Short-acting antimuscarinics (SAMAs) reduce bronchoconstriction by blocking acetylcholine’s bronchoconstrictor effects on M3 muscarinic receptors found in airway smooth muscle.2 In the previously discussed Cochrane systematic review comparing SABAs and SAMAs, SAMAs were found to have no statistically significant diference in terms of the mean post-bronchodilator peak change from test day baseline, mean test day peak change in FVC, and symptoms of breathlessness. They were found to improve CRQ scores in all domains when compared to SABAs. SAMAs were also found to be superior regarding increasing or adding systemic steroids. Systemic steroids, which are one of the next treatment steps for COPD according to the GOLD guidelines, were added or increased in fewer participants using ipratropium bromide compared to SABAs (Peto odds ratio (OR) 0.52, 95% CI 0.37, 0.74). The number needed to treat (NNT) for ipratroprium bromide in order to precent one person requiring a course of oral steroids was calculated to be 15 (95% CI 12 to 28).4
In addition to these advantages, ipratropium was also found to have the lowest total treatment costs (Figure 2), encompassing the cost of the drug itself, additional cost of the drug during increased use during exacerbations, and hospitalization costs when compared to albuterol and dual therapy with ipratropium and albuterol.11
Figure 2: Total Treatment costs over the 85-day follow up period for the three treatment groups
Friedman M, Serby CW, Menjoge SS, Wilson JD, Hilleman DE, Witek TJ, Jr. Pharmacoeconomic evaluation of a combination of ipratropium plus albuterol compared with ipratropium alone and albuterol alone in COPD. Chest. 1999;115(3):635-641.
In a a systematic review and meta-analysis of 17 trials including 14,783 participants, inhaled anticholinergics were compared with the control (control being a placebo, inhaled beta-agonist, or inhaled steroid beta-agonist combination) to determine if there was an increased risk of major cardiovascular events among COPD patients. Anticholinergics were found to be associated with a significantly increased risk of cardiovascular death, MI, or stroke (1.8% vs 1.2% for control; RR, 1.58 [95% CI, 1.21,2.06]; P<0.001). The mechanism in which SAMAs increase these risks is unknown.2 Findings consistent with this were found in a more recent cohort study. It concluded that compared to subjects with no exposure to anticholinergics within the past year, any exposure to anticholinergics within the past 6 months was associated with an increased risk of cardiovascular events (including acute coronary syndrome, heart failure, and cardiac dysarrythmia) (hazard ratio [95% CI] for less than or equal to four and greater than four 30-day equivalents: 1.40 [1.30-1.51] and 1.23 [1.13-1.36], respectively.13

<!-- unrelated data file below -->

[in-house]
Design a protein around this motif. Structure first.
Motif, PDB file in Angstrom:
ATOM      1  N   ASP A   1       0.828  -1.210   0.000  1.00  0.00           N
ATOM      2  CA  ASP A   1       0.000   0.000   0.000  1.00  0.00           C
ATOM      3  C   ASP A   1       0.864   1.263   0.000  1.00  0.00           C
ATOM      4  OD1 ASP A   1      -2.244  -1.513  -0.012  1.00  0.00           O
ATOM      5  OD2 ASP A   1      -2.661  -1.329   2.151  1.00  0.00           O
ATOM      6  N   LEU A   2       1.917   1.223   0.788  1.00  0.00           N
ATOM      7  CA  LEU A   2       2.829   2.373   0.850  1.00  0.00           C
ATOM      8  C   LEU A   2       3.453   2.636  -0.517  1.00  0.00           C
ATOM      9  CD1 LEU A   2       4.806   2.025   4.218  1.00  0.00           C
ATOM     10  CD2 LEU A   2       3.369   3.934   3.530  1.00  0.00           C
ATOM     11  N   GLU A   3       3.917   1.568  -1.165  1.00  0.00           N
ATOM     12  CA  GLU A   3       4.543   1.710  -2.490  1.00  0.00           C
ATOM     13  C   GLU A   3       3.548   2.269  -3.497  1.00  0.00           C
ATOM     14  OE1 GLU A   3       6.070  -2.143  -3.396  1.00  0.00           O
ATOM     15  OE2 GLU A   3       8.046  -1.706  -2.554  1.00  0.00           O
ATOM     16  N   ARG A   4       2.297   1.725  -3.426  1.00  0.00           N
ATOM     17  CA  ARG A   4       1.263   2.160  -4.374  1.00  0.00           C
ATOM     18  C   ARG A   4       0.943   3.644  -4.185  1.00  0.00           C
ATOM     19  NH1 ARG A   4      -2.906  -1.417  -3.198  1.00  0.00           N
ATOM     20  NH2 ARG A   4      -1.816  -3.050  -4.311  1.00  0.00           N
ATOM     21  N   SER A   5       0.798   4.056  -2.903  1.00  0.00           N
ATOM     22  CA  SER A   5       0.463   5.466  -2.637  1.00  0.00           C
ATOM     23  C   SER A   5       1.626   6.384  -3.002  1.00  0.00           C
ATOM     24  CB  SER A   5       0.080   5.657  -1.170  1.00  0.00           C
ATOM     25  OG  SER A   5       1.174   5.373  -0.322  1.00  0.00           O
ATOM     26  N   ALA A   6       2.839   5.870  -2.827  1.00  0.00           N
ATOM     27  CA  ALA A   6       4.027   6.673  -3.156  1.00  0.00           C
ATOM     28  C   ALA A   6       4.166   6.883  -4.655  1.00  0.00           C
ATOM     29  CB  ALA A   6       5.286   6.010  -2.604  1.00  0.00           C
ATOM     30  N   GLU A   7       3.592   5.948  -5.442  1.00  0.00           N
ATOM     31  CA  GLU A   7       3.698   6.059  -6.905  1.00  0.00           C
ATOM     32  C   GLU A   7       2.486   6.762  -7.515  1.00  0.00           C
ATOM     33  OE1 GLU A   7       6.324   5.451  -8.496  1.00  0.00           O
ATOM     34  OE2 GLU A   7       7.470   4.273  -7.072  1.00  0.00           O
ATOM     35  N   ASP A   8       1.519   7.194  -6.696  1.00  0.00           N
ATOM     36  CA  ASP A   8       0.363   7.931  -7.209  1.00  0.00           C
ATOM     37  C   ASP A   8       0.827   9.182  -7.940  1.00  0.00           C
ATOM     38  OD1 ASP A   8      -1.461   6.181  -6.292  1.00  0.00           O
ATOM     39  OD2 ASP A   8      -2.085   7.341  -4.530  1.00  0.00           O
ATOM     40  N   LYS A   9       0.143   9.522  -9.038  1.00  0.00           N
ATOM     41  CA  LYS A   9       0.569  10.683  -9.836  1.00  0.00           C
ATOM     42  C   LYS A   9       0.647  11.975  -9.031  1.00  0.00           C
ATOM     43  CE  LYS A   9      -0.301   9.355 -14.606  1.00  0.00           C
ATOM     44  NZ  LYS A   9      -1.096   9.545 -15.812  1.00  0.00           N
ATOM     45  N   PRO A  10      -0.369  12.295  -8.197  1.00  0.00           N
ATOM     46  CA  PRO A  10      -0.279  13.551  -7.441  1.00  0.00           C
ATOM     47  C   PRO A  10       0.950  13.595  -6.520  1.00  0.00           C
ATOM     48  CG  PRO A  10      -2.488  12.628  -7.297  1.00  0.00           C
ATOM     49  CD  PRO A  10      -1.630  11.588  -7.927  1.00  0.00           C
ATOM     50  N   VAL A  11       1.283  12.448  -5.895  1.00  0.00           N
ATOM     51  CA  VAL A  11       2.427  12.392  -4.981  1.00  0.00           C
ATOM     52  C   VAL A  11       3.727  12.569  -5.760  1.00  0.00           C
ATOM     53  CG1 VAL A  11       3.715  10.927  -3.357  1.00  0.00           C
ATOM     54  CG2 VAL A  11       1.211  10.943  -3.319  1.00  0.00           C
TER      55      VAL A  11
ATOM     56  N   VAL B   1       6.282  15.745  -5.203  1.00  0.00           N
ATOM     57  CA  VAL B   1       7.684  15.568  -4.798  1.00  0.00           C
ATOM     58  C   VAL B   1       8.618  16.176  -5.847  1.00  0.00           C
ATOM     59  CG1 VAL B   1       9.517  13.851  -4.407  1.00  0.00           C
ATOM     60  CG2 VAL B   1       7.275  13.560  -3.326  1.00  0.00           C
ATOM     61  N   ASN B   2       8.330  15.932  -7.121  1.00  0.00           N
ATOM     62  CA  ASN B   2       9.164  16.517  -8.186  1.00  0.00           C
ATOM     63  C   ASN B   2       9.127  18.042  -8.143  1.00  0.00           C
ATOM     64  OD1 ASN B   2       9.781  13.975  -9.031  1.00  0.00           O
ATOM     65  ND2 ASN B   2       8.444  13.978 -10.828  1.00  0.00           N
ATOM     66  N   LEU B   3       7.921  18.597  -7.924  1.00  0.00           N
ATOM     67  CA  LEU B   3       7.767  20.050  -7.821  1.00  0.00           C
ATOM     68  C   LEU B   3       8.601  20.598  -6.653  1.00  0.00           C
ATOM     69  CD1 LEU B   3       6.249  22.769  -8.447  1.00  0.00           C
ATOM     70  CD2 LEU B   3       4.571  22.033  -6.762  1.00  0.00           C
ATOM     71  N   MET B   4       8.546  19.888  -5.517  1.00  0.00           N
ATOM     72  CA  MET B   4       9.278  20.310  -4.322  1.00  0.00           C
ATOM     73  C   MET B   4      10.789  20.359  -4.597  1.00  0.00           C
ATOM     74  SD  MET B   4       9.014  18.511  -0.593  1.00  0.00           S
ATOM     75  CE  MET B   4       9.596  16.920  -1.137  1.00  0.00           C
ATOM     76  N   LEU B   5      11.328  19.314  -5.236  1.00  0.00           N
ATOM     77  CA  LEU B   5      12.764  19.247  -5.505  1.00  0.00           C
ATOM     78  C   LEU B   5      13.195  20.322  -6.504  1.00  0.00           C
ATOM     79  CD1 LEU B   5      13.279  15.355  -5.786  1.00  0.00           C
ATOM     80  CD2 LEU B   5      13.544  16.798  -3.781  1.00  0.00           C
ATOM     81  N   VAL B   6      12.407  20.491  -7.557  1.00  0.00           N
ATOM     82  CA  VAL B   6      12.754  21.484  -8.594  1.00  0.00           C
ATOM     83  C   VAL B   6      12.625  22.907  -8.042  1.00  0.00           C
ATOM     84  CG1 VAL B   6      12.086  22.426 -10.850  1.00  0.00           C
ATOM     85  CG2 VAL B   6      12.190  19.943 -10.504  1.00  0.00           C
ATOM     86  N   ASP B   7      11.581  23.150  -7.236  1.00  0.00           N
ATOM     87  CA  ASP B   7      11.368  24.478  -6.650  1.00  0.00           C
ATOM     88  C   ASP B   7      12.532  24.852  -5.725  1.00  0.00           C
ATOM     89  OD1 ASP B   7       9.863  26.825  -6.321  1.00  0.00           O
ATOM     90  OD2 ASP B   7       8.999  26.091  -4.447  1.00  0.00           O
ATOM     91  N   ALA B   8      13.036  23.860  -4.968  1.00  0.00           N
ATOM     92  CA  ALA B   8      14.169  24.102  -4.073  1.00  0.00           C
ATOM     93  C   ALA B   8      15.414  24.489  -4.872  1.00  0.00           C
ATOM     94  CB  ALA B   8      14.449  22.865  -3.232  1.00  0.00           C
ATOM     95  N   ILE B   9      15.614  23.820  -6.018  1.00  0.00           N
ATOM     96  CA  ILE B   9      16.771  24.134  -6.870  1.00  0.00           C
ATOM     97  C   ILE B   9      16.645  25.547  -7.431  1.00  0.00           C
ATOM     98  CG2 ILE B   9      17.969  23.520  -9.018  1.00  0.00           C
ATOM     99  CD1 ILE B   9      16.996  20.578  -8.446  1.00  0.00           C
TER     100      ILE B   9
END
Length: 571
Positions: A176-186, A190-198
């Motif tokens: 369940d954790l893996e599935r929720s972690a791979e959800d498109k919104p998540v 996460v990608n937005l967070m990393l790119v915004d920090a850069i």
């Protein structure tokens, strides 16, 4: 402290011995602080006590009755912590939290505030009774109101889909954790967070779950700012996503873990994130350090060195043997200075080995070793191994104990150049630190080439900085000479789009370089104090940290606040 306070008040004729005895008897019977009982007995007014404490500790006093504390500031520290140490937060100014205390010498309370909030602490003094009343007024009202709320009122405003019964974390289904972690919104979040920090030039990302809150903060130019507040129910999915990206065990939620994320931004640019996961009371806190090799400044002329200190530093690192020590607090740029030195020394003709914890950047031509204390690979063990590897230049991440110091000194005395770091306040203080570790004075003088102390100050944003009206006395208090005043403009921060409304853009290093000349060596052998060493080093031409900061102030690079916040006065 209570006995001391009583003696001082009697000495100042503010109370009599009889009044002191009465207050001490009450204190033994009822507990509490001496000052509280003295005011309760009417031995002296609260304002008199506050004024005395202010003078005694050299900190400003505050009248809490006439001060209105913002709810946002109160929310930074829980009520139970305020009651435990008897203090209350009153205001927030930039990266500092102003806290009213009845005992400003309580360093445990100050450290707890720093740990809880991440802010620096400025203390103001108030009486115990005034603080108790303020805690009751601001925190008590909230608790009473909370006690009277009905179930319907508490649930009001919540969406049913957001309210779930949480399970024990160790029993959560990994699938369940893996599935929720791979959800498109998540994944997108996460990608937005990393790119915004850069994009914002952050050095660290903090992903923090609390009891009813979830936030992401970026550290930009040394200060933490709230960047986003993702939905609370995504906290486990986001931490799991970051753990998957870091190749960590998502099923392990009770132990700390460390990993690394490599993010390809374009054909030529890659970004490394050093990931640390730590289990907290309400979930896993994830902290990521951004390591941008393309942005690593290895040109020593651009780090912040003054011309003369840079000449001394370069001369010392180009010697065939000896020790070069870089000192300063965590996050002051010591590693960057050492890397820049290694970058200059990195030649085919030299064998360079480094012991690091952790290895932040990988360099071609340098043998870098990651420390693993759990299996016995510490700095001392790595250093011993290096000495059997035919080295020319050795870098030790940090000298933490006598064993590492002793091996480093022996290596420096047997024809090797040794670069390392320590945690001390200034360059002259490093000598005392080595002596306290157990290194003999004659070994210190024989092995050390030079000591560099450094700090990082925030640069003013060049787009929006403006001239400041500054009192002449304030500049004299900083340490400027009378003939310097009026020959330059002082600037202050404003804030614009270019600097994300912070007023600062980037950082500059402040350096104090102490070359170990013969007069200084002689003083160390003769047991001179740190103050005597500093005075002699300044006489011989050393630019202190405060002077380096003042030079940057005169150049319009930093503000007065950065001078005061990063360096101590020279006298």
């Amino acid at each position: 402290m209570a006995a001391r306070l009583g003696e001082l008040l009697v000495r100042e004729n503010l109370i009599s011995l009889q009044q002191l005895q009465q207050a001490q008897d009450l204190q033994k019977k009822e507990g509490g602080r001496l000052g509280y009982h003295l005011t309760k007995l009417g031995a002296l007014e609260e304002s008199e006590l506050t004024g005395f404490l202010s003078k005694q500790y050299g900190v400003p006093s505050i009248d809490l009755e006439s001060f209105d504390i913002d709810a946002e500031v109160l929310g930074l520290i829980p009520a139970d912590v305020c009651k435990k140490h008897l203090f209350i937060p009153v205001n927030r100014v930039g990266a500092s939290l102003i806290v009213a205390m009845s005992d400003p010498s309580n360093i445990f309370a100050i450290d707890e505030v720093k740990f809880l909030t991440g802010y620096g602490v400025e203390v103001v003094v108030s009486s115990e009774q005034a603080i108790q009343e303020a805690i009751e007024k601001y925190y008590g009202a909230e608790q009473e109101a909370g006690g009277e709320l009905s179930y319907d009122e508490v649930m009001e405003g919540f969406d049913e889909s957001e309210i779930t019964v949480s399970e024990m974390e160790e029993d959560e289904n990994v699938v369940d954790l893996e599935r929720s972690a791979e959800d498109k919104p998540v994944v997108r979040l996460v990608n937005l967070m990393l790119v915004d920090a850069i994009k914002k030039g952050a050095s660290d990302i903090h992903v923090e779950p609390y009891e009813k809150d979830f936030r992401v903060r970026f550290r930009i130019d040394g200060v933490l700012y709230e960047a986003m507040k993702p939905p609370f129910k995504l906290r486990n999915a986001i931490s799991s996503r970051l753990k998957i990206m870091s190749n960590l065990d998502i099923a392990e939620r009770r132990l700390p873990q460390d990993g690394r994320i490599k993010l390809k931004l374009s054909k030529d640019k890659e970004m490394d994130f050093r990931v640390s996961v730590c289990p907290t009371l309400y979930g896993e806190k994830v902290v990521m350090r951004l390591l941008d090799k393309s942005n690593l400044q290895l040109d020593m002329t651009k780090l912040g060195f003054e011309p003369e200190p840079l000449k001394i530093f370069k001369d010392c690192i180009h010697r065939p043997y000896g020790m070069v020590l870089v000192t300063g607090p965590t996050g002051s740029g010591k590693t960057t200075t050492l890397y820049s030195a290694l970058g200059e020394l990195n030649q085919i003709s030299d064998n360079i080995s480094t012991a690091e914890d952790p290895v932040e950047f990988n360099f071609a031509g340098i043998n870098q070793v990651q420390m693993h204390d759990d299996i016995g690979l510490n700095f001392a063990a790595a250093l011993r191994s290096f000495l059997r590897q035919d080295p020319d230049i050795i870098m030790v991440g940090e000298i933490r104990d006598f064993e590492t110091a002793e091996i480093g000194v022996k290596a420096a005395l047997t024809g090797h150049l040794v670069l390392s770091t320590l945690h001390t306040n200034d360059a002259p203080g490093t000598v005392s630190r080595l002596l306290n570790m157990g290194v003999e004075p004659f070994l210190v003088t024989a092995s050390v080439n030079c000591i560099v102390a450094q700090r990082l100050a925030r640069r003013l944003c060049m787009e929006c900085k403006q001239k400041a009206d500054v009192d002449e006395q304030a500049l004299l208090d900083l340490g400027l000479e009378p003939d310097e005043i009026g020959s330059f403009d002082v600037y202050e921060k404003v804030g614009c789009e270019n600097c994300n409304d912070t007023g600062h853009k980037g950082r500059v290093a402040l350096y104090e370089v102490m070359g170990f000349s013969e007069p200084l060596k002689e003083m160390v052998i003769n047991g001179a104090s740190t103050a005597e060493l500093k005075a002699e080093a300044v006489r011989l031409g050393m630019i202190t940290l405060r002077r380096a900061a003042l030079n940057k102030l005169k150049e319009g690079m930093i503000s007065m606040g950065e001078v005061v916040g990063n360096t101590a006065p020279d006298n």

The most commonly observed adverse effect of SAMAs is dryness of mouth.2,11 Like SABAs, there are multiple patient comorbidities which may limit use. In men with benign prostatic hyperplasia, risk of urinary retention increased by 40% with SAMA use.12 Comorbidities such as coronary artery disease or diabetes that increase risk of cardiovascular death must also be considered.
Another proposed treatment strategy is the use of SAMA and SABA together as a dual therapy. The previously discussed Cochrane systematic review comparing ipratropium bromide plus SABAs versus SABA alone, there was no significant benefit to using dual therapy (Table 1).4
In the review, the mean post-bronchodilator peak change from test day baseline had a WMD of 0.07 liters (95% CI 0.05, 0.08), a small increase in the combination group compared to the group that used SABAs. Mean test day peak change in FVC also favored the combination group, with a WMD of 0.12 liters (95% CI 0.08, 0.17). Symptoms of breathlessness were not statistically significant between treatments (WMD 0.04, 95% CI -0.05, 0.13). Quality of life measured using the CRQ showed no statistically significant difference in any domains of the CRQ between combination and SABA, including dyspnea (WMD 0.01 units, 95% CI -0.06, 0.08), fatigue (WMD 0.02 units, 95% CI -0.09, 0.13), emotion (WMD 0.02 units, 95% CI -0.12, 0.16), and mastery (WMD 0.03 units, 95% CI -0.09, 0.14). Fewer subjects using the combination therapy needed increased or added systemic steroids compared to SABAs alone (Peto odds ratio 0.69, 95% CI 0.5, 0.94). The number needed to treat for combination therapy in order to prevent one person requiring a course of oral steroids was calculated to be 20 (95% CI 12 to 108). This study ultimately concluded that the advantage of regular long-term use of either bronchodilator alone or combination SAMA+SABA use is small, if the aim is to improve lung function, symptoms, and exercise tolerance. A treatment strategy proposed in this study suggested SABAs as the initial agent for therapy based solely on cost effectiveness. It also suggested conducting an “n of 1” trial of SABA and SAMA, to determine which gives the best relief of symptoms and continuing with the treatment of their choice, although this strategy does not have formal evaluation.4